Hardware UART communication between Raspberry Pi 4 and Arduino Micro

作りましょう 作りましょう


始めましょう 始めましょう


OK, let's start from communicating between Raspberry Pi 4 and Arduino Micro with hardware UART. For Raspberry Pi, GPIO pin 14 and 15 are the TX and RX pin of UART correspondingly.

1. Physical Connection

The first thing to note is that all GPIO pins on Raspberry Pi are 3.3v tolerance and Arduino Micro runs at 5v. If we connect Raspberry Pi with Arduino Micro directly, chances are that your Raspberry Pi can be damaged. Thus we need a bi-directional logic level converter.

But unfortunately, the one I brought came with separate headers that I needed to solder them onto the converter board by myself.

Well, the solder work may look just so so, but it works. That's what matters most. XD

The image below is my Arduino Micro and we can see that from right to left on the top bank, the third and fourth pin are the TX and RX pin.

Next, we need to connect them as the image demonstrates below.

Now we have done the physical part, time to move on to the software part.

2. Set up Raspberry Pi

If you are running Raspian/Ubuntu on your Raspberry Pi, then you need to do these things,

(a) For Raspian users, sudo raspi-config and enter in interface options, choose P6 - Serial Port. Select "NO" for the prompt that asks whether you'd like a login shell over the serial port and select "YES" for the prompt that asks whether you'd like the serial port hardware to be enabled.

For Ubuntu users to achieve the same goal, you need to run the following command

sudo systemctl disable [email protected]

(b) Use your favourite editor to edit /boot/cmdline.txt (for Ubuntu users, edit /boot/firmware/cmdline.txt) from something like

console=serial0,115200 console=tty1 root=PARTUUID=067e19d7-02 rootfstype=ext4 elevator=deadline fsck.repair=yes rootwait


console=tty1 root=PARTUUID=067e19d7-02 rootfstype=ext4 elevator=deadline fsck.repair=yes rootwait

i.e., delete console=serial0,115200 (or sometimes it can be console=ttyAMA0,115200, which depends on your previous settings)

(c) Confirm your have enable_uart=1 in /boot/config.txt (for Ubuntu users, check that in /boot/firmware/config.txt)

(d) Reboot your Raspberry Pi.

3. Test UART Connection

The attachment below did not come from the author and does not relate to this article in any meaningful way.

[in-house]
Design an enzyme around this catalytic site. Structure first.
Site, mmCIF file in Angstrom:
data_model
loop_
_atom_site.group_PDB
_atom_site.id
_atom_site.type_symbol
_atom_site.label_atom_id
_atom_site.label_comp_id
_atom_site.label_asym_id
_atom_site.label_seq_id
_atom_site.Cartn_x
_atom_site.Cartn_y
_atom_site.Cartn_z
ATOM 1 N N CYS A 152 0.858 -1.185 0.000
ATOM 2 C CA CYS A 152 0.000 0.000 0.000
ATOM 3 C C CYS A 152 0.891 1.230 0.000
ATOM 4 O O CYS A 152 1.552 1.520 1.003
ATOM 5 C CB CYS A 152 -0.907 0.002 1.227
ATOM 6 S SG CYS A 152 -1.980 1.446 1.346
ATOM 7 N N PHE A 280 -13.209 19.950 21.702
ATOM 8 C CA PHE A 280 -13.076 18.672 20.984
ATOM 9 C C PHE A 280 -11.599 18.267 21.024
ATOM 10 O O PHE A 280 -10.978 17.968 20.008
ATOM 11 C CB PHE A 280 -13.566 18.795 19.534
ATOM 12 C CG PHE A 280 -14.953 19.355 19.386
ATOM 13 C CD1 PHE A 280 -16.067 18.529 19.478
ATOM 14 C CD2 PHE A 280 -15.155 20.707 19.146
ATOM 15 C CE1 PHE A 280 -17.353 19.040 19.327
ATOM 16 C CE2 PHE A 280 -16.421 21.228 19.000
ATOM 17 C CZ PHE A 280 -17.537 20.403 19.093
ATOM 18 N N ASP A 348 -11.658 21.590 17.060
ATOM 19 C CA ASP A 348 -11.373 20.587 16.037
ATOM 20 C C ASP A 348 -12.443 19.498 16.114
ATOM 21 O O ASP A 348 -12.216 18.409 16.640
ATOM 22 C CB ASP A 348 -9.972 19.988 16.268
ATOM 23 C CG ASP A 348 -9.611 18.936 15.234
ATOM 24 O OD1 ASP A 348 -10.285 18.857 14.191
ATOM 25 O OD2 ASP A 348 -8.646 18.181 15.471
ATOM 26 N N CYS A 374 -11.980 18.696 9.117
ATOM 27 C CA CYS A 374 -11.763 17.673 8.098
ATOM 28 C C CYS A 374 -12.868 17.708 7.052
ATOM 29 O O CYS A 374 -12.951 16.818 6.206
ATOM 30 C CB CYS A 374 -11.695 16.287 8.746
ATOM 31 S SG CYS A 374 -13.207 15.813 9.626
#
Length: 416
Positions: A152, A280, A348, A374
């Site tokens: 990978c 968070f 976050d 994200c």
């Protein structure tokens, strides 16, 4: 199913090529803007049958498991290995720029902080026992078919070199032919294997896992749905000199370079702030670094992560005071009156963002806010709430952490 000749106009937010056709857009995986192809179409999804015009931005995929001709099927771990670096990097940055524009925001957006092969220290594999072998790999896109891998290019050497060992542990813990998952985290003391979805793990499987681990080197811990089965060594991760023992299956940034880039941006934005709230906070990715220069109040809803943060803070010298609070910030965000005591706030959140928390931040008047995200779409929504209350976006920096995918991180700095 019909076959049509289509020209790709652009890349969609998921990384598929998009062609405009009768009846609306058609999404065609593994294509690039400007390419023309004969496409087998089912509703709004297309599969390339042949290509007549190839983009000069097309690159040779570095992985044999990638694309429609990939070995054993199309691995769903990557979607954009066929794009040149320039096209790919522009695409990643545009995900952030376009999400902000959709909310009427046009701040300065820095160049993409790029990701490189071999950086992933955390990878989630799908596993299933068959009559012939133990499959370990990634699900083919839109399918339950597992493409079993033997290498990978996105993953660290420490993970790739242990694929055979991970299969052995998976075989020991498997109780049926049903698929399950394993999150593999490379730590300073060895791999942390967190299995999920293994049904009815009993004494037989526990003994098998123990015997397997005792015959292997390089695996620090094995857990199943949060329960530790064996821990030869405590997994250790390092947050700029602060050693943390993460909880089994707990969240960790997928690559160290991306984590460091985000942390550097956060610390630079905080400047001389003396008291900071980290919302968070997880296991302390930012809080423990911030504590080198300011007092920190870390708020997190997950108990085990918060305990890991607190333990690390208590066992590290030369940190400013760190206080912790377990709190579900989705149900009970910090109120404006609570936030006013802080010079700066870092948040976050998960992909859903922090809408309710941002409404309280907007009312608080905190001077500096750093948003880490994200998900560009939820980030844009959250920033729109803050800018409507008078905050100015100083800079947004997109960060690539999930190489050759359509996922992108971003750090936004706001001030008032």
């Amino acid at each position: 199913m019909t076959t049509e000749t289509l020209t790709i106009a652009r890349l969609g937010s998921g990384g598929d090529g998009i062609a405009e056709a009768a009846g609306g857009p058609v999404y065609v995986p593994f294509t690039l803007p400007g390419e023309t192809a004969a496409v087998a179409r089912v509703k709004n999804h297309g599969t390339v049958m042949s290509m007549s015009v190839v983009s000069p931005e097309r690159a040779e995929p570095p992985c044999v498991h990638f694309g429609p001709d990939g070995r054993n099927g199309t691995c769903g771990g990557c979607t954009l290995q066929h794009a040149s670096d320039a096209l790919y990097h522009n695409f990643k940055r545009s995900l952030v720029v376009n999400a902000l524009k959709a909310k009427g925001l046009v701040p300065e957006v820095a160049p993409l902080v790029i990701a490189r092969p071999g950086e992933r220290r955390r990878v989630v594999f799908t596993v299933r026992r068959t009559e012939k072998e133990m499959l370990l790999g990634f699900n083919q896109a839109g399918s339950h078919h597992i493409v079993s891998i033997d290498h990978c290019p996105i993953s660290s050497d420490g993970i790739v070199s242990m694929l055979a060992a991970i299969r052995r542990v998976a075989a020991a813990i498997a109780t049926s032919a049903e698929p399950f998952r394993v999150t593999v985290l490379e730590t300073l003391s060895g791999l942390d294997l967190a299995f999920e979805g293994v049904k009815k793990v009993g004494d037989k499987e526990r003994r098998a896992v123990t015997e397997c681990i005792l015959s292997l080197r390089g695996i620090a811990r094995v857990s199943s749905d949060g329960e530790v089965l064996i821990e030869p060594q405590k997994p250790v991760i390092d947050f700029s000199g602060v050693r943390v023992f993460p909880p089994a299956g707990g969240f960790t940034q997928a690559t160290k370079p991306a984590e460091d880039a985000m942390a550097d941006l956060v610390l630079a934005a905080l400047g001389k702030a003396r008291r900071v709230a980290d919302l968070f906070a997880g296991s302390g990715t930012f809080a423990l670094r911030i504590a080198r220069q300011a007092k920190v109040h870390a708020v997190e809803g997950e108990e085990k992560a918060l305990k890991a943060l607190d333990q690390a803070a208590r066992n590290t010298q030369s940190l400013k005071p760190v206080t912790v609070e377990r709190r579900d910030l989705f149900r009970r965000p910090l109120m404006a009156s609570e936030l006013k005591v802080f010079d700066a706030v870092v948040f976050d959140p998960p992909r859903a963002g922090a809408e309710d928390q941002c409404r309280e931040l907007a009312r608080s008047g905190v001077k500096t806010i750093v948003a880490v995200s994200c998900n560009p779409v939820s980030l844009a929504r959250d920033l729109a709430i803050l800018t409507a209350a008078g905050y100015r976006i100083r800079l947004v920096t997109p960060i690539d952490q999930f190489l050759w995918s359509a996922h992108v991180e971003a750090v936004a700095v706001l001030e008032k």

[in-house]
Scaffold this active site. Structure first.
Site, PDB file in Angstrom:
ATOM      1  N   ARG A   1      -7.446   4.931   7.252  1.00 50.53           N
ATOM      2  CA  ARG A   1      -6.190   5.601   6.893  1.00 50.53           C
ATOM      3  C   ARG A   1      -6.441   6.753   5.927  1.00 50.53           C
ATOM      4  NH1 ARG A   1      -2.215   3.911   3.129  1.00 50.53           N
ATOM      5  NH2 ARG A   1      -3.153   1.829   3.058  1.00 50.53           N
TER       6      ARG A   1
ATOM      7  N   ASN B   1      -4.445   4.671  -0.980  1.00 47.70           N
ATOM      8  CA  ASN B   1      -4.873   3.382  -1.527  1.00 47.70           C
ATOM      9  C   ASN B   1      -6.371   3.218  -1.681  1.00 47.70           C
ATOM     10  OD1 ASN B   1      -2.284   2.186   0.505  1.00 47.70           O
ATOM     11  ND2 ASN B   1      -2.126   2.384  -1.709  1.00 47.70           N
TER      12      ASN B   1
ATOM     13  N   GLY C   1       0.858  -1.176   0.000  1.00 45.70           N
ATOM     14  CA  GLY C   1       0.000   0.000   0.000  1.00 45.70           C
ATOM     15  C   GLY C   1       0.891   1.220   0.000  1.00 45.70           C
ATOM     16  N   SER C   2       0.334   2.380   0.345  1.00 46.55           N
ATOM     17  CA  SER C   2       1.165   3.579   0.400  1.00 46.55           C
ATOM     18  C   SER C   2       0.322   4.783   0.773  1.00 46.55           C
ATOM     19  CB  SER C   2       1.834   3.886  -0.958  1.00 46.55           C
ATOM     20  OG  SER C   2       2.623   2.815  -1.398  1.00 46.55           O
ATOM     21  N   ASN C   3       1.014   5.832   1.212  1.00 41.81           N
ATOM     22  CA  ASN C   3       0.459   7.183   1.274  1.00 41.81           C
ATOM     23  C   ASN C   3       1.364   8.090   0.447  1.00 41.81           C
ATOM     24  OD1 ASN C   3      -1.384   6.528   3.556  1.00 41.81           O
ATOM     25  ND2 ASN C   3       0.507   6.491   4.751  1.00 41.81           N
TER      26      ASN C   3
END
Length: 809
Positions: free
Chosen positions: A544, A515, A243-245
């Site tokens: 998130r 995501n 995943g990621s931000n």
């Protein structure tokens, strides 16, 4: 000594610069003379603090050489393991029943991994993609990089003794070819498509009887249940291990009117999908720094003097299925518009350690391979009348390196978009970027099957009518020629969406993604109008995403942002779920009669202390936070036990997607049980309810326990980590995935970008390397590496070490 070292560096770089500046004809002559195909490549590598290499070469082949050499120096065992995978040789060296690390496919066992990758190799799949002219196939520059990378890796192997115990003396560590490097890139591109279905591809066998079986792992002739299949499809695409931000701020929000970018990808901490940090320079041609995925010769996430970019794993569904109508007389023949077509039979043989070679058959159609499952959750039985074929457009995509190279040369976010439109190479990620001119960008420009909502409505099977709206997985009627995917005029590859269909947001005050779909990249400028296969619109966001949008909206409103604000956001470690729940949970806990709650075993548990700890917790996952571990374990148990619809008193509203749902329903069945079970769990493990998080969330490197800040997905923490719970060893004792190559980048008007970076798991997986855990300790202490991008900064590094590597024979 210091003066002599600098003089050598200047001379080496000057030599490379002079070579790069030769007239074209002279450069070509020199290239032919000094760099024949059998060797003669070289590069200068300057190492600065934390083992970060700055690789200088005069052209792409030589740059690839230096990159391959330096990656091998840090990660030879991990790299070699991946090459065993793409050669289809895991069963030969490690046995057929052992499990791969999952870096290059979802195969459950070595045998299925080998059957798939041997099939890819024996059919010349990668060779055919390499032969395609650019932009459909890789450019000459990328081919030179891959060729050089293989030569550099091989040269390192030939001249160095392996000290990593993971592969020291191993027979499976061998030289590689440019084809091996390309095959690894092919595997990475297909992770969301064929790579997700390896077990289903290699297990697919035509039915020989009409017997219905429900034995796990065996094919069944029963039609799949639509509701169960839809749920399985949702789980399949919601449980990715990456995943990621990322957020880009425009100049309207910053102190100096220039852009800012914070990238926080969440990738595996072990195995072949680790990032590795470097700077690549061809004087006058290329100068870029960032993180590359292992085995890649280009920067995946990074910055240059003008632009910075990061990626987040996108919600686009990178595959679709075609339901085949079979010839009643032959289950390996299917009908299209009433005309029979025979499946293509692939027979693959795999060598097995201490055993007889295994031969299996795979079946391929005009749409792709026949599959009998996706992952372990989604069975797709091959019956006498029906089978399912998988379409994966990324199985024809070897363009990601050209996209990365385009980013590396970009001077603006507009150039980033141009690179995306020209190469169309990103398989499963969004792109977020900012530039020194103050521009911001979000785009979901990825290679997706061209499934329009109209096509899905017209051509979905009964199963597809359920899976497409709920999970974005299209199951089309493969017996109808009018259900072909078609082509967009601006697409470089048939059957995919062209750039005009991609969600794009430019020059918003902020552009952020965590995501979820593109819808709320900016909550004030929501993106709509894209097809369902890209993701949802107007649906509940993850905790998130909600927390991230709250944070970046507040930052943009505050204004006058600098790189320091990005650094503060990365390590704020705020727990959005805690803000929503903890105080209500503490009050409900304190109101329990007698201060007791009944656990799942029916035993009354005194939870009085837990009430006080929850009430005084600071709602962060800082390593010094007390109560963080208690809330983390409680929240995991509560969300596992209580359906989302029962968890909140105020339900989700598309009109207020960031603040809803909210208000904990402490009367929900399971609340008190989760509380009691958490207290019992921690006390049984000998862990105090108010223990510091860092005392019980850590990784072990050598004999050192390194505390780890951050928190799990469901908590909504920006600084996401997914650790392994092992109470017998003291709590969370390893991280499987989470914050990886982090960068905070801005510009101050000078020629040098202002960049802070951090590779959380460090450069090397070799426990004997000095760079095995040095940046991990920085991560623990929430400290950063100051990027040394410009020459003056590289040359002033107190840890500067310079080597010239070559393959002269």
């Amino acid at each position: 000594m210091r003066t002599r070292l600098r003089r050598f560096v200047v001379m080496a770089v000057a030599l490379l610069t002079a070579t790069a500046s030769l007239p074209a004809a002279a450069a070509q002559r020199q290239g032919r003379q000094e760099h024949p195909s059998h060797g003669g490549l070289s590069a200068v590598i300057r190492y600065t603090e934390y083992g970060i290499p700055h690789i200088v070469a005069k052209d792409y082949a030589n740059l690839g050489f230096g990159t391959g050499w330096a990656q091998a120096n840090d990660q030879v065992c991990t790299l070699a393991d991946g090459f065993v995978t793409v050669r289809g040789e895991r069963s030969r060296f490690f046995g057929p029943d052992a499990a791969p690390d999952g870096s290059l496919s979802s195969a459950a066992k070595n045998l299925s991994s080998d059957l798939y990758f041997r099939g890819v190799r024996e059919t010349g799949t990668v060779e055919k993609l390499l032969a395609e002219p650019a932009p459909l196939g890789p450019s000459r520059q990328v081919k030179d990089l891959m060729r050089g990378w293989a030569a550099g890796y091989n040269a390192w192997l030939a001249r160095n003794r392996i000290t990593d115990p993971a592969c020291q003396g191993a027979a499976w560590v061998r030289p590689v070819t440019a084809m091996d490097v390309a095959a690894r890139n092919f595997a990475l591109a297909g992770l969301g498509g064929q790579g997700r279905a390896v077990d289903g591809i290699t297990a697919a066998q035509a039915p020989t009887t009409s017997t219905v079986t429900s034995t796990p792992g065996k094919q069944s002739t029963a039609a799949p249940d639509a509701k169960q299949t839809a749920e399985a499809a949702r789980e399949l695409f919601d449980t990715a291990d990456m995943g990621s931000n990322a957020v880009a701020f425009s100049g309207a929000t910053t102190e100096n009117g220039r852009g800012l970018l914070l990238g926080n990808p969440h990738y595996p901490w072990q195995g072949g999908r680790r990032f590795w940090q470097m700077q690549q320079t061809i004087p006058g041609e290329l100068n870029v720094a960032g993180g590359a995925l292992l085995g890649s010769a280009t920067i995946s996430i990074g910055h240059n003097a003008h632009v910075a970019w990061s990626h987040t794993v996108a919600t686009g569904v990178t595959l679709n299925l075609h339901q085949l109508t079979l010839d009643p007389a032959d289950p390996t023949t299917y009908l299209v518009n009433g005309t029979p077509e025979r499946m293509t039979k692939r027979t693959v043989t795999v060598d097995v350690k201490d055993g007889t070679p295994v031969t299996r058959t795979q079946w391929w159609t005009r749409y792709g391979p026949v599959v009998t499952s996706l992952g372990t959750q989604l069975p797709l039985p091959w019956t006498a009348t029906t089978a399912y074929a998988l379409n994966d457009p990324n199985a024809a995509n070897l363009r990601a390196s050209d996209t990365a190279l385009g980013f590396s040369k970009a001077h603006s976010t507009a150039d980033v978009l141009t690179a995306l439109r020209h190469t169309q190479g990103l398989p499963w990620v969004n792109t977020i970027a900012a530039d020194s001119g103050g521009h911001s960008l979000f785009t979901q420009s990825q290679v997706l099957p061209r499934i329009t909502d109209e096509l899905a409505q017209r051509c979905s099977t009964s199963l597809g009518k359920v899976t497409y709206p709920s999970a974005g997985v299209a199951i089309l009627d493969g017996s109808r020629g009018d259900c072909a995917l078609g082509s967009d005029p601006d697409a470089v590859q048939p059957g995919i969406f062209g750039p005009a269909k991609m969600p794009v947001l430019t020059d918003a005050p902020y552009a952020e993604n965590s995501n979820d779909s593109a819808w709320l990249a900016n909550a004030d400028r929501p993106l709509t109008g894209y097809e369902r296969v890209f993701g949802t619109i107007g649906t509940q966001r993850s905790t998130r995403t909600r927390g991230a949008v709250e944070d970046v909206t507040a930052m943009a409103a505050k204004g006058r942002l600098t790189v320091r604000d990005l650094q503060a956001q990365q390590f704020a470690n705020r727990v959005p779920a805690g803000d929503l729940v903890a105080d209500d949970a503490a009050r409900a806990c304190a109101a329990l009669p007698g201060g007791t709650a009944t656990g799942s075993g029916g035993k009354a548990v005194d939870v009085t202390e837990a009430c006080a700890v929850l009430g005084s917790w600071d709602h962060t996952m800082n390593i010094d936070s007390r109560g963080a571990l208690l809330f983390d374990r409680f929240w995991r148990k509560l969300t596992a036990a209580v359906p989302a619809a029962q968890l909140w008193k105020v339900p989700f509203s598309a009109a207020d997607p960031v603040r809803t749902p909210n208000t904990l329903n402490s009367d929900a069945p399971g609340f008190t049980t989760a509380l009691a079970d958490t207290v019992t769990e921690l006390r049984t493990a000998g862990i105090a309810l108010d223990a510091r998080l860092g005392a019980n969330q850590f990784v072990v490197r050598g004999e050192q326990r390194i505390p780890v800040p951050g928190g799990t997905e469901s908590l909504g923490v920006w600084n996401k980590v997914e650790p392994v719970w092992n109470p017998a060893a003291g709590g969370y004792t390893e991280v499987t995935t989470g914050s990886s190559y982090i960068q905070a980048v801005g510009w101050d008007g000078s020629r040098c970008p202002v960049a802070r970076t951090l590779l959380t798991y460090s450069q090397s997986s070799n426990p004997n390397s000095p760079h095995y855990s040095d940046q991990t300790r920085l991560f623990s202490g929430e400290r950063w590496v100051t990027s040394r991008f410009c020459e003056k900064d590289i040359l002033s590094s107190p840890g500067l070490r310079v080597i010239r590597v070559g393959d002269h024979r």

Here I use 9600 baudrate for testing. You can use higher or different baudrate between your Raspberry Pi and Arduino Micro. Below is the code I used on Arduino Micro.

char msg[512] = {'\0'};
int index = 0;

void setup() {
  Serial.println("setup Serial");

  Serial1.println("Hello, Pi!");

void loop() {
  while (Serial1.available() > 0) {
    int data = Serial1.read();
    if (data == '\n') {
      msg[index] = '\0';
      index = 0;
    } else {
      msg[index] = (char)data;
      if (index == 512) {
        index = 0;
  Serial1.println("Hello, Pi!");
  digitalWrite(LED_BUILTIN, HIGH);   // turn the LED on (HIGH is the voltage level)
  delay(1000);                       // wait for a second
  digitalWrite(LED_BUILTIN, LOW);    // turn the LED off by making the voltage LOW
  delay(1000);                       // wait for a second
  Serial.println("loop end");

And the code I used on Raspberry Pi. (You may need to run sudo systemctl stop [email protected] to stop getty on ttyS0)

For Raspian users, you may need to replace ttyS0 in the following code with serial0.

# -*- coding: utf-8 -*-

import serial

if __name__ == '__main__':
    port = serial.Serial("/dev/ttyS0", baudrate=9600, timeout=3.0)
    msg = []
    while True:
        data = port.read()
        if data == b'\n':
            port.write(b'Hello, Arduino!')
            msg = []
            msg.append(str(data, 'utf-8'))

You can see the result below.

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